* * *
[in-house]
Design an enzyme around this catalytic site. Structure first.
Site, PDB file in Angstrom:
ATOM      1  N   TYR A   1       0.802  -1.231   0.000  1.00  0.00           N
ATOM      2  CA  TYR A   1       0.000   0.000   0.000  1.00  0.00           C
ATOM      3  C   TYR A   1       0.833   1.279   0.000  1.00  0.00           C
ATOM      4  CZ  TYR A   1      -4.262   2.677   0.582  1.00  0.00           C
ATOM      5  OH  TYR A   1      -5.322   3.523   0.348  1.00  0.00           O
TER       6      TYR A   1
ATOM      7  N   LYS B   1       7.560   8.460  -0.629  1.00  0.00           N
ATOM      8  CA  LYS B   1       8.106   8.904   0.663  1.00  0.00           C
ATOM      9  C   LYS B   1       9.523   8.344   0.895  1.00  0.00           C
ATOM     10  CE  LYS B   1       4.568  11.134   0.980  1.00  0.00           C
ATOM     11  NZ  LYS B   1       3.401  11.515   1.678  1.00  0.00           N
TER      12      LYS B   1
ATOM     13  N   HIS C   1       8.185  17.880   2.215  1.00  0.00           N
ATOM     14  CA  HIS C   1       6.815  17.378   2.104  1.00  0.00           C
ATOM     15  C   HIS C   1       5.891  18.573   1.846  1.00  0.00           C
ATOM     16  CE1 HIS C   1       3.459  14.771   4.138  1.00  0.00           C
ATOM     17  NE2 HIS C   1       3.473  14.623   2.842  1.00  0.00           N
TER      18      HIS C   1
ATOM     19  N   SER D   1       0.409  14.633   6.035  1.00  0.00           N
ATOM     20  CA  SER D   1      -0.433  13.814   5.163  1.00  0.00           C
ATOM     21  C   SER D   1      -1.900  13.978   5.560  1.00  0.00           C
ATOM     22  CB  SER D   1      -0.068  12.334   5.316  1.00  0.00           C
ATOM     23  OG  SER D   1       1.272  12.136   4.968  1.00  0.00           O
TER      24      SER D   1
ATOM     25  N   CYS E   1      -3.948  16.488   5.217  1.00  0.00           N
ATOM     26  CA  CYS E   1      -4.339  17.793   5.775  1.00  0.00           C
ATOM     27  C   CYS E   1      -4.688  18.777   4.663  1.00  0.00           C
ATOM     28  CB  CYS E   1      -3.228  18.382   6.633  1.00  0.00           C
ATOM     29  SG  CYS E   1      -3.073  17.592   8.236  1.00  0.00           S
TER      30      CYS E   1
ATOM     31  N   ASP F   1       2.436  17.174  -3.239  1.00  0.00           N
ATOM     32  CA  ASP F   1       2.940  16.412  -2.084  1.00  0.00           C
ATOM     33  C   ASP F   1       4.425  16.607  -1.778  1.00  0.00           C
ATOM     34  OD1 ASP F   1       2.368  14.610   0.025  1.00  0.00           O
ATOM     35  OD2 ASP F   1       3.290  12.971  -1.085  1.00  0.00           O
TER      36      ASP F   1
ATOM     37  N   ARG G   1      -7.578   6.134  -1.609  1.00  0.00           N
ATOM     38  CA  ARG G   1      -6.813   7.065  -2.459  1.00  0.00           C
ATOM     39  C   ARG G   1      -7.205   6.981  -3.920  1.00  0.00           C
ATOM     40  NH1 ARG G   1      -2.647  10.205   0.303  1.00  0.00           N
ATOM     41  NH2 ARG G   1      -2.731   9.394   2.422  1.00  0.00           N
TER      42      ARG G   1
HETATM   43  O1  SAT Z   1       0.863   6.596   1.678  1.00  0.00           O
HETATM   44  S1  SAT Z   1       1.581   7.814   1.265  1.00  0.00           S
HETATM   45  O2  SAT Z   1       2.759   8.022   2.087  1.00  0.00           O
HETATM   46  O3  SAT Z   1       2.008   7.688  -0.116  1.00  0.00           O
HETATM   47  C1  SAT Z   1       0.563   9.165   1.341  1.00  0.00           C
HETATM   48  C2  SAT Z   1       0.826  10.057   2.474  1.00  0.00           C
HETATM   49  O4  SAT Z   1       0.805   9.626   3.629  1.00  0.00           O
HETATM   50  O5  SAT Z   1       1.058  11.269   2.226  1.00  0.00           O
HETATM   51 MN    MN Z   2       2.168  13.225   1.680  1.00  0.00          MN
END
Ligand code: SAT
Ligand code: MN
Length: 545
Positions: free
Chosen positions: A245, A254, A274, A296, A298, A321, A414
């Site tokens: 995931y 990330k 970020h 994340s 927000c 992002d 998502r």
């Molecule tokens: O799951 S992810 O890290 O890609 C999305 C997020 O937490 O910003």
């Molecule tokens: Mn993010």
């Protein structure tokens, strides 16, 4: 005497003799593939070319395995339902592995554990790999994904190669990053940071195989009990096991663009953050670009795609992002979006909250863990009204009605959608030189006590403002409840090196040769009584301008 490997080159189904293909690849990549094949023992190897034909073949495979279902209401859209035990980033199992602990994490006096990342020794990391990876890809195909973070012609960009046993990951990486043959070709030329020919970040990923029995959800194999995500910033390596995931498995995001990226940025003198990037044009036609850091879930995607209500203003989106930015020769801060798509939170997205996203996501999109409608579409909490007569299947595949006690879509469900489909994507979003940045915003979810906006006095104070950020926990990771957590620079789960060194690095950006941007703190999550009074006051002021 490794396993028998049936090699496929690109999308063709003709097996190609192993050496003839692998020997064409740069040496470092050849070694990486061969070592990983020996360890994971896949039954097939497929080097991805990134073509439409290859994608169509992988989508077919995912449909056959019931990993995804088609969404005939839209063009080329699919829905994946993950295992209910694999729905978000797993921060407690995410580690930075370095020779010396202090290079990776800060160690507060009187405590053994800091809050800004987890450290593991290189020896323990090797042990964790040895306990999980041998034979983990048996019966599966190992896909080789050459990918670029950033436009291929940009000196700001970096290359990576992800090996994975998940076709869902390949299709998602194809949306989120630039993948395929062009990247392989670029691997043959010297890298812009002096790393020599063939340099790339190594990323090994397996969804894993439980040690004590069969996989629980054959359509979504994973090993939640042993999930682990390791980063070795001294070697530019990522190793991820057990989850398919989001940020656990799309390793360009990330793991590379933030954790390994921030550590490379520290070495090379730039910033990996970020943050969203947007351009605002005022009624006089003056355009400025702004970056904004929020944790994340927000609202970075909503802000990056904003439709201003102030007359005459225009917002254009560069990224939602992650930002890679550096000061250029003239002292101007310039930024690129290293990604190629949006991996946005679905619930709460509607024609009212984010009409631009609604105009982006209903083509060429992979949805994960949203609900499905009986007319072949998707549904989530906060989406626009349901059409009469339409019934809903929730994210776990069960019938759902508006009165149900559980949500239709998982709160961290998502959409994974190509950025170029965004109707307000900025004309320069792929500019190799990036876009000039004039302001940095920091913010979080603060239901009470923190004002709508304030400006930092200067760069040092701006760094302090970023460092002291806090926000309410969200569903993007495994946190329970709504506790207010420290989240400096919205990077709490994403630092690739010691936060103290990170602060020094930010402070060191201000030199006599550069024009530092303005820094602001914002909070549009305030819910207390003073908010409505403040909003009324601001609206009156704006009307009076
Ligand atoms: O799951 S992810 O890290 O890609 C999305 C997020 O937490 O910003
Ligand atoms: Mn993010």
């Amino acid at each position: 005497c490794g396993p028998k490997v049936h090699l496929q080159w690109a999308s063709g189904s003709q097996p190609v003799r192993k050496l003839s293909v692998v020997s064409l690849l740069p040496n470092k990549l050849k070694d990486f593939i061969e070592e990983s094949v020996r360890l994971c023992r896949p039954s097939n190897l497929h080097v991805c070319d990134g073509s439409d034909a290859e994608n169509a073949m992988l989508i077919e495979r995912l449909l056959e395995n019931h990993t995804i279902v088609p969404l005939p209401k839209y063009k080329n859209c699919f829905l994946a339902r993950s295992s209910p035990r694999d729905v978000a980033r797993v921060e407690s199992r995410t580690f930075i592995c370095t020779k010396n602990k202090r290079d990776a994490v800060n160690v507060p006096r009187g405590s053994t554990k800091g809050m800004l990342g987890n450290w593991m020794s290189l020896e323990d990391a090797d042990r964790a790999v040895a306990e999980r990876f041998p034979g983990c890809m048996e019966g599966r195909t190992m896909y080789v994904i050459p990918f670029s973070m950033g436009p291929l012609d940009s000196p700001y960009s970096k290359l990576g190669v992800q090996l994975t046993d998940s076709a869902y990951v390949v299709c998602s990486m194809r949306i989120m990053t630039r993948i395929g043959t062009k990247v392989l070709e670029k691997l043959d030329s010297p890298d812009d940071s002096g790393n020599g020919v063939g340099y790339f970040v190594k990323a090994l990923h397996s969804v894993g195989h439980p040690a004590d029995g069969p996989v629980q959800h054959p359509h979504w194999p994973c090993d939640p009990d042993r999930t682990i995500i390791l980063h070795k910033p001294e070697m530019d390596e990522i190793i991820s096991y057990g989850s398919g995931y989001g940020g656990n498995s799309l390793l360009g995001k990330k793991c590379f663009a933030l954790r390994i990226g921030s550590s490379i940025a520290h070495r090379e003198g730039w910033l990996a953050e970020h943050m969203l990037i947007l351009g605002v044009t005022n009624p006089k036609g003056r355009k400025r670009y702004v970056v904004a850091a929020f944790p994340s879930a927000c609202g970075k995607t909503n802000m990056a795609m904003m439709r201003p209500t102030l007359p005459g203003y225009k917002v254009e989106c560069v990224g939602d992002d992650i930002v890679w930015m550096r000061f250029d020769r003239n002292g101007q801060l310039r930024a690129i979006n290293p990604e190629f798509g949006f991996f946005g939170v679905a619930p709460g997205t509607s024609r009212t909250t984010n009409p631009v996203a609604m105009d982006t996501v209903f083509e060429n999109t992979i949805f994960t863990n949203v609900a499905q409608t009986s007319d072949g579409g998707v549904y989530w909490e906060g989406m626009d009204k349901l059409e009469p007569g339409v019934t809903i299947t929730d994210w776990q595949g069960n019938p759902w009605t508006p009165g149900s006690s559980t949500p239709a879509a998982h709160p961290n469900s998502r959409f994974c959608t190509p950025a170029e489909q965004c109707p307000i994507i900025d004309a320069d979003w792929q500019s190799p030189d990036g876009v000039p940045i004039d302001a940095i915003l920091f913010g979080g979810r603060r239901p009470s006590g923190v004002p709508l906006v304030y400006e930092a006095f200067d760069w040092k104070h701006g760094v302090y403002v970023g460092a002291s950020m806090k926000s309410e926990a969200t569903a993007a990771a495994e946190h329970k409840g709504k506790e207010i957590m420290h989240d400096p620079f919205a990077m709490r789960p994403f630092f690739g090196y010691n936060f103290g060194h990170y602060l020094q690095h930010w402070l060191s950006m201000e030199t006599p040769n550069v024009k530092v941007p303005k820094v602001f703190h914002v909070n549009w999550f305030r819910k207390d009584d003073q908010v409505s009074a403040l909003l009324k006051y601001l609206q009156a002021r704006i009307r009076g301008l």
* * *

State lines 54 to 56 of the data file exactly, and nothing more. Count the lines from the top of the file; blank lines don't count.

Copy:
HETATM   51 MN    MN Z   2       2.168  13.225   1.680  1.00  0.00          MN
END
Ligand code: SAT